Many scouting departments treat Bowl games and All-Star games differently than they do regular season college football games. There is also a difference as to how the Bowl games and All-Star games are approached. Today, we will talk about the Bowl games.
A Bowl game is a reward to a good season, but depending on when the game is played there may be a down period before preparations begin. If the game is played late in December or early January and the last regular season game was mid-November, then the school could have up to six weeks between games. All that time is not practice time. The players usually have a few weeks “off” before they get back into the practice routine. During the season practices are usually limited to game preparation. There is not time for much technique teaching, etc. That’s totally different during bowl preparation.
Coaches like to treat the early bowl practices much like an “additional” spring practice season. Because of this there is much more work on fundamentals. If the schools have these practices “open” to scouts they can be very valuable in a scout’s evaluation because he sees so much more than what he sees during a regular season visit. The early bowl practices can be very physical so a scout gets a chance to see much more “live” work. He also may have an opportunity to speak with some of the coaches or support people that he didn’t talk to when he made a school visit. The more people a scout gets to talk to the better his evaluation.
As for attending and scouting during the bowl games themselves, that’s a whole different “ballgame” and it really depends on the luck of the draw. Because there is so much media at these games, space is limited for scouts. There may be only 6 or 7 seats in the press box available to scouts. To make things fair, the league holds a lottery to fairly distribute the seats that are available. To further make things fair, the league groups the games into four categories — basically weighting the games. The top games such as the BCS Bowl games are “A” level games, games like the Holiday Bowl may be “B” level games, the Independence Bowl may be a “C” level game and so on. When the lottery is over a club may end up with passes to about five games — usually one “A” game, one “B” game and usually three passes to various “C” and “D” games.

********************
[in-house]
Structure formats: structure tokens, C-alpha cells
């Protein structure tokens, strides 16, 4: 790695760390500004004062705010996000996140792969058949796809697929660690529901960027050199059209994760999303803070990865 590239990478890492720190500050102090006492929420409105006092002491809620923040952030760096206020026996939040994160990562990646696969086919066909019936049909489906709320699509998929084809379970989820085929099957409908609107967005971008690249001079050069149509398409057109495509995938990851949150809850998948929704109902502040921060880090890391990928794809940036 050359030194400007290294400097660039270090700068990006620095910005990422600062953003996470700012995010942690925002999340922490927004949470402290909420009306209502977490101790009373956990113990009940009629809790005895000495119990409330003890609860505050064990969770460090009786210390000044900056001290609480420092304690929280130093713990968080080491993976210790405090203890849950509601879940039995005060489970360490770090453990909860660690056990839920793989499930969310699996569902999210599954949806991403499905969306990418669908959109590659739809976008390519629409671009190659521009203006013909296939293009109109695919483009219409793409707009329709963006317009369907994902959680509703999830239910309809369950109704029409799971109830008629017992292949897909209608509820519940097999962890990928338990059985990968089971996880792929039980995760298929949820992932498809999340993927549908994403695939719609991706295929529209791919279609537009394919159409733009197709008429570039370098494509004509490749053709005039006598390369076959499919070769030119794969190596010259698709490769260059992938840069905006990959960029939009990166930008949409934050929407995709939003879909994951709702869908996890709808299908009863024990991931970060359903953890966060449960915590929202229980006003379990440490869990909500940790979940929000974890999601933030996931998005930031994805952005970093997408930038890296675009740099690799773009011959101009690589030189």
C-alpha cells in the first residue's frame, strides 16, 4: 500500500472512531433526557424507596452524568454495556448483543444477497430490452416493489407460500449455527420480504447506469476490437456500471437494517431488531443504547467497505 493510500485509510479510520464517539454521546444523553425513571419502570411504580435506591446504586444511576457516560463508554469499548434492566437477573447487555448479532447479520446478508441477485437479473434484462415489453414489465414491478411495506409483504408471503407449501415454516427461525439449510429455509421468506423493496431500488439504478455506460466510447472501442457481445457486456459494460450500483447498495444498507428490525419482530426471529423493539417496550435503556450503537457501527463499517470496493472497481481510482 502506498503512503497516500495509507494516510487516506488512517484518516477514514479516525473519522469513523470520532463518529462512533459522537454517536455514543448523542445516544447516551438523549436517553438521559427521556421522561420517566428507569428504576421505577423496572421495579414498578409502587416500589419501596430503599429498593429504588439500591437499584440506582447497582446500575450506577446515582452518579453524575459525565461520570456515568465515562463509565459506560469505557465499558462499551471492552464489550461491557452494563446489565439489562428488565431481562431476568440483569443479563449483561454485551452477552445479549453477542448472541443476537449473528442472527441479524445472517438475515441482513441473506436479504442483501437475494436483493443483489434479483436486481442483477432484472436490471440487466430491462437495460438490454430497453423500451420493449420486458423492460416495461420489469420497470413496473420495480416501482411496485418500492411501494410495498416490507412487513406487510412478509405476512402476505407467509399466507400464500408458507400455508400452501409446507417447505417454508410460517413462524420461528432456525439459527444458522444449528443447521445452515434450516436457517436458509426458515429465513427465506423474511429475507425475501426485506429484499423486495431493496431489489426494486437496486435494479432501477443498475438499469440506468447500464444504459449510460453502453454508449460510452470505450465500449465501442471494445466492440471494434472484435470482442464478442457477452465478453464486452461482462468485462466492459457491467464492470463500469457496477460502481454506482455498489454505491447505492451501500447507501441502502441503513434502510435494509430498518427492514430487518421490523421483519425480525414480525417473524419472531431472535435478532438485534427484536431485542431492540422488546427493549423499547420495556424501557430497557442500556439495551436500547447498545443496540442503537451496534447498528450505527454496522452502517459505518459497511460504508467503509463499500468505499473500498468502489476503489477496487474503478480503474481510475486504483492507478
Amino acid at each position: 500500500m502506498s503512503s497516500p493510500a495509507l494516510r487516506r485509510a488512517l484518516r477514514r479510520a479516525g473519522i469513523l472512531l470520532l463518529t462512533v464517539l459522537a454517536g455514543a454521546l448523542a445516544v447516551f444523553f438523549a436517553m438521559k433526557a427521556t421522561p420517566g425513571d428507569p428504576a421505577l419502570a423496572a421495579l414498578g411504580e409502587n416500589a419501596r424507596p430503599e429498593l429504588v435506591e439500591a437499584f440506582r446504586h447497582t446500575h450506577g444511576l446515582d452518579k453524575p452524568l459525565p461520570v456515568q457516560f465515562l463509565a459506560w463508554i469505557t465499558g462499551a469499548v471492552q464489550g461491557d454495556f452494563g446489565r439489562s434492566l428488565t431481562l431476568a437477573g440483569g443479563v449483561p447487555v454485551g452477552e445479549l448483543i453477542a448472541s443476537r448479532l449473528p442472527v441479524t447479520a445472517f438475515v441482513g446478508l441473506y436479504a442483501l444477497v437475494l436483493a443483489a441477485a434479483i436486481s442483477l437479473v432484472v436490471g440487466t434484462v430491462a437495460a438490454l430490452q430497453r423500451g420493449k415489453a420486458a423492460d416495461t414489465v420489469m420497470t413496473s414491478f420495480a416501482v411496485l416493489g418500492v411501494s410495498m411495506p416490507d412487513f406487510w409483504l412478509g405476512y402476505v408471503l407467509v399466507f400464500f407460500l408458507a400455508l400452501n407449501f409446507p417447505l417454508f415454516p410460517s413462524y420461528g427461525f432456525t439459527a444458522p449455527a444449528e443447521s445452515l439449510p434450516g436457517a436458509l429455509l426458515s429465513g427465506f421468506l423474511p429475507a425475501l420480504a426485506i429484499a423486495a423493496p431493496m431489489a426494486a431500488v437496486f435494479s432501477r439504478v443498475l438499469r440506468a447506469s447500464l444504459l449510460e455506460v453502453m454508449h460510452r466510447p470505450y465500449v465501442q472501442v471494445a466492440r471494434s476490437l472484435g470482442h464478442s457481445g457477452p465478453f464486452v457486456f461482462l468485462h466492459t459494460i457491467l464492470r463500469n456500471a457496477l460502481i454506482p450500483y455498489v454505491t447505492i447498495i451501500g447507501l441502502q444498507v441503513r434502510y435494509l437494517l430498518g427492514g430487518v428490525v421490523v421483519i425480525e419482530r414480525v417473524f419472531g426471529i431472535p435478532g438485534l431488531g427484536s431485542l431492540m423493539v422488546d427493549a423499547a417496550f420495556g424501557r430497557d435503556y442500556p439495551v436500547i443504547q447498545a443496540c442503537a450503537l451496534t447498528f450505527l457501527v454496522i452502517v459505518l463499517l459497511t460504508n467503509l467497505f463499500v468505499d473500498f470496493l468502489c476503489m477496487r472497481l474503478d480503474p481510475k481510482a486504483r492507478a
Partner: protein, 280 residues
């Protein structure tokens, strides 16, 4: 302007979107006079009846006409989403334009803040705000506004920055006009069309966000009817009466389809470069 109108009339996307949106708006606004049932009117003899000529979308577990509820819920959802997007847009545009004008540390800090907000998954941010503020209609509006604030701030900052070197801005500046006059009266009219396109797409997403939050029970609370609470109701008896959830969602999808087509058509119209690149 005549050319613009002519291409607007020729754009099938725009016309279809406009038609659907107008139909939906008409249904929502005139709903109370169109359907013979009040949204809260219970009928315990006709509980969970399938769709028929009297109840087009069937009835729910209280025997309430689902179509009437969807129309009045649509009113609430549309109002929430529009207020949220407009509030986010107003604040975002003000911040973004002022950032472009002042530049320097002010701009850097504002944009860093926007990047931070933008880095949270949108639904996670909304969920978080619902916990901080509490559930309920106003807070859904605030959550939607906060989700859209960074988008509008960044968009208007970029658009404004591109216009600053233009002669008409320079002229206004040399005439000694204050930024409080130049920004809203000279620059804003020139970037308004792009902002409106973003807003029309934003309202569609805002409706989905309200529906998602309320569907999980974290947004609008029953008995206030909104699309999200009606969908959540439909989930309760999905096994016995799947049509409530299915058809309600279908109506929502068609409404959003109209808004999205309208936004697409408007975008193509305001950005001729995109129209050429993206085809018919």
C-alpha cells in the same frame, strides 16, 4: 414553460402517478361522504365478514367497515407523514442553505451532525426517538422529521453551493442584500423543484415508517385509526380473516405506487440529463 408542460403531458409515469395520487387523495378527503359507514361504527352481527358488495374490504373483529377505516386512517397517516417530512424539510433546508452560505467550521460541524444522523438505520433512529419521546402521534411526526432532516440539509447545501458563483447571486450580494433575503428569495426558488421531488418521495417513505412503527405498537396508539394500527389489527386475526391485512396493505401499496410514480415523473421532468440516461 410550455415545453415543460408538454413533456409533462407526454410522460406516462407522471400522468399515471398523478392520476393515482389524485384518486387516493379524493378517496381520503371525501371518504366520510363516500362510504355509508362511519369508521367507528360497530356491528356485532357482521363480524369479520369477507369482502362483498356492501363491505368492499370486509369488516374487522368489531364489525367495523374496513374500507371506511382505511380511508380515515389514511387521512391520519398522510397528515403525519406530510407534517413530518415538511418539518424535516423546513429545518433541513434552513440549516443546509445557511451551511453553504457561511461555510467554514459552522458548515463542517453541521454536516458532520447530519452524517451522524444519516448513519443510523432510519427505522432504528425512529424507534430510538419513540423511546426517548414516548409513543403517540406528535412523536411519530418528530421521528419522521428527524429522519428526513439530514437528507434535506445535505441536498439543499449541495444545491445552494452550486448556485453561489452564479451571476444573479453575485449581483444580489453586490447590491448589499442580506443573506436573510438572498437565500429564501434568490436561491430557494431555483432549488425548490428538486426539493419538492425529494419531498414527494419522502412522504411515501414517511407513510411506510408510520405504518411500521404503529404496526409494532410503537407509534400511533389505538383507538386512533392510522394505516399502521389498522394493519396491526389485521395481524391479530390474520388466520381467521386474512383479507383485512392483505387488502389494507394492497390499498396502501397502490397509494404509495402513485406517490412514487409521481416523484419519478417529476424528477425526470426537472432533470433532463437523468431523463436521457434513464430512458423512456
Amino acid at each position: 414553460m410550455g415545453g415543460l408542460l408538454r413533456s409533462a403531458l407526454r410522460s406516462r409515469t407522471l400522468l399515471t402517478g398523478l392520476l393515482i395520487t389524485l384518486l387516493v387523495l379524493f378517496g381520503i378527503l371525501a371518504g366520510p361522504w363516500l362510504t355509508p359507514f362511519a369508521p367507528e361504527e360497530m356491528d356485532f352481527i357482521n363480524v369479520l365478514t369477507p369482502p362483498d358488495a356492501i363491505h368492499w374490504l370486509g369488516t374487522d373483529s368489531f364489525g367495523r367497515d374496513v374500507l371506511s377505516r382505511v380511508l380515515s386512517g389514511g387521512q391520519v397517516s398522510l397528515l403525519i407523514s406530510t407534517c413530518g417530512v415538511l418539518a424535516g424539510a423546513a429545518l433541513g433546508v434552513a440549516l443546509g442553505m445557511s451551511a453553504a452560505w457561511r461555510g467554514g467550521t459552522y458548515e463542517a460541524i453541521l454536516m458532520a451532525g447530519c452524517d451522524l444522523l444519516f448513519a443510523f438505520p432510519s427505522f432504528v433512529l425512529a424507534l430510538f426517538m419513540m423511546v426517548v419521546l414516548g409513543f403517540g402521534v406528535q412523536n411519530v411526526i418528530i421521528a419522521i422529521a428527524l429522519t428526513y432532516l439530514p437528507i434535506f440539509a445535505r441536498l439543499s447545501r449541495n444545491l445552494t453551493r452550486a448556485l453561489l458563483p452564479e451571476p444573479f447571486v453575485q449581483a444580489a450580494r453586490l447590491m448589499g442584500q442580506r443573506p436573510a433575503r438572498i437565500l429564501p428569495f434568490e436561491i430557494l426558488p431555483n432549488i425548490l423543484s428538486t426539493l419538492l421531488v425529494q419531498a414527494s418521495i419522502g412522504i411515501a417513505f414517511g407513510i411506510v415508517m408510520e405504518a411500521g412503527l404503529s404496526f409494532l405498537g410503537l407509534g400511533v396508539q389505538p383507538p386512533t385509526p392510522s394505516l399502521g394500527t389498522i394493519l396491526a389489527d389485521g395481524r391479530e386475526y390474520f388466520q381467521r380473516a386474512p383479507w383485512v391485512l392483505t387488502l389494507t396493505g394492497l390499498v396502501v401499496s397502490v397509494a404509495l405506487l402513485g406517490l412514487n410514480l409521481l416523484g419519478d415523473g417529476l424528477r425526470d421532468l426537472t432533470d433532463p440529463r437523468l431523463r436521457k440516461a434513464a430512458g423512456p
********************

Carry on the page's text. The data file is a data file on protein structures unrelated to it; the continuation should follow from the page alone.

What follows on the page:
The lottery is held in the beginning of December so scouting departments have a lot of time to prepare on how they will scout the games. After the lottery is over there is a lot of “trading” of passes that goes on. This happens because you may have “won” a pass to a game that you have absolutely no interest in but there may be a team or teams that have interest in that particular game. So in the days following the lottery your e-mail box gets flooded with trade requests such as “We have an Orange Bowl pass available to anyone who may have an Outback Bowl pass to give in return.” This trading period usually goes on for about a week, so in the end you get passes to games that you have at least a mild interest in attending. If you don’t have a pass to a game, viewing a practice or practices may be more beneficial.
The media and the public are all interested in the school matchups but scouts are interested only in seeing prospects. For instance, the BCS national championship game between Auburn and Oregon should be a great game to view for most, but if you are an NFL scout and neither school has a player or players that a scout has interest in then the game has no value to the scout.
ICONNdamukong Suh played perhaps the best game of his career in the Big 12 championship game last season.
From a scouting perspective these games are important because you want to see how a player responds to playing in a big game. If you are lucky there may be some interesting matchups in the game — perhaps a highly rated offensive lineman against a highly rated defensive lineman or maybe a top receiver versus a top corner. There is the old clich